Choices: Half full or half empty?

November 15, 2006 (LBO) – At a recent discussion on comparative rankings of economic performance, an esteemed economist decried the tendency of Sri Lankans to see the glass as half-empty; to think that Sri Lanka was in bad shape and getting worse.

“Development will come only when we pump up our self-esteem and think of the glass as half-full,” he exhorted.

It was an epiphany. I saw the error of my ways.

In partial atonement of past sins, I present below an analysis of comparative indicators in telecom, reinterpreted according to the theory of half-full, with the half-empties shown only for purposes of comparison and solely to prove the superiority of the half-full.

In terms of fixed + mobile telephones per 100 people, Sri Lanka, which was only behind Maldives in the South Asian region, was overtaken by Pakistan this quarter (half-empty); but we are still ahead of India, Bangladesh, Nepal, Bhutan and Afghanistan (half-full).

Obviously half-full wins, because 5 is larger than 2. We are ahead of five countries and behind only two. Doesn’t that just feel better? Don’t you feel your self esteem growing as you read this?

We happen to be in a much higher income bracket than Pakistan which overtook us (half-empty); but we used to be behind Pakistan until the telecom reforms of 1996-97. All that has happened is that Pakistan restored its previous position (half-full).

In 1996, Pakistan had 1.82 fixed + mobile connections per 100, compared to 1.57 in India and 1.78 in Sri Lanka. We still have more fixed phones per 100 than either Pakistan or India (my cup overfloweth).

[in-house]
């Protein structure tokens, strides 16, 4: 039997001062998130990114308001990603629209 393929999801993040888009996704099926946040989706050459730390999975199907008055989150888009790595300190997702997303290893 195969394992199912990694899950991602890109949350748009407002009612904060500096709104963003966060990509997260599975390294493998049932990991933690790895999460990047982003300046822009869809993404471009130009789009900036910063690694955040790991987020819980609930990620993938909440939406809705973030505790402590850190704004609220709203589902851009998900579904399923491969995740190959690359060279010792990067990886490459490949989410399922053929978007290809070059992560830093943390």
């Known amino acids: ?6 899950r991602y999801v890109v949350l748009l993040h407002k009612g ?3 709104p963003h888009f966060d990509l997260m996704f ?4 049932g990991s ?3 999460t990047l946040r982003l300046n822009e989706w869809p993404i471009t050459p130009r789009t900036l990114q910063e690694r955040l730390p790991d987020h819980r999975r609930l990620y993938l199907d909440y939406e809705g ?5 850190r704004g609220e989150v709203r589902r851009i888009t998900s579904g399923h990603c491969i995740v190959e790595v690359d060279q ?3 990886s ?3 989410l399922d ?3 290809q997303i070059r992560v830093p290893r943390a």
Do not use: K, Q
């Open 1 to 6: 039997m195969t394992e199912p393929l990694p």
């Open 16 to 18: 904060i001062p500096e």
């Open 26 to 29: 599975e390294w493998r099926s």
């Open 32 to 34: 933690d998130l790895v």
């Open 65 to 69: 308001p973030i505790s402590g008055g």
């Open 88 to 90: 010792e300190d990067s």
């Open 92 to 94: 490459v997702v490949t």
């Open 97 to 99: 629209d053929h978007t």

This approach need not be limited to boring stuff like telecom. Sure, one MP was killed in the middle of a checkpoint-surrounded capital city, but how many more MPs were not killed? 224. Isn’t 224 greater than 1? What was that muttering about Parajasingham? Okay, that was back in 2005; why can’t we let bygones be bygones?

You insist? That still makes two. So how many were not killed? 223. Smaller than 224, but surely the relevant comparison is with 2: 223 is a much bigger number.

They’re going to close the airport for eight hours every day from 2007, but it’s going to be open for 16 hours. Is sixteen not greater than eight? It’s double.

What was that about Colombo losing its incipient secondary-hub status? Please hold your negativism. As long as we think the positive thoughts of the half-full, we can be anything we want to be.

Why settle for secondary hub? If we all think half-full together, Weerawila can become the regional hub, with passengers coming from Singapore and Bangkok to join direct flights to New York.

Just by writing this, my self esteem went up by several notches. I feel better already. I have also contributed my bit to increasing the self-esteem of my readers.

The combined effect of all these increased self-esteems should account for at least one per cent growth in GDP. If GDP goes up by anything less than one percent, I will eat my words.

(Sources:
PTA, TRAI and TRC websites.
Data as of September 2006; actual
numbers may be higher)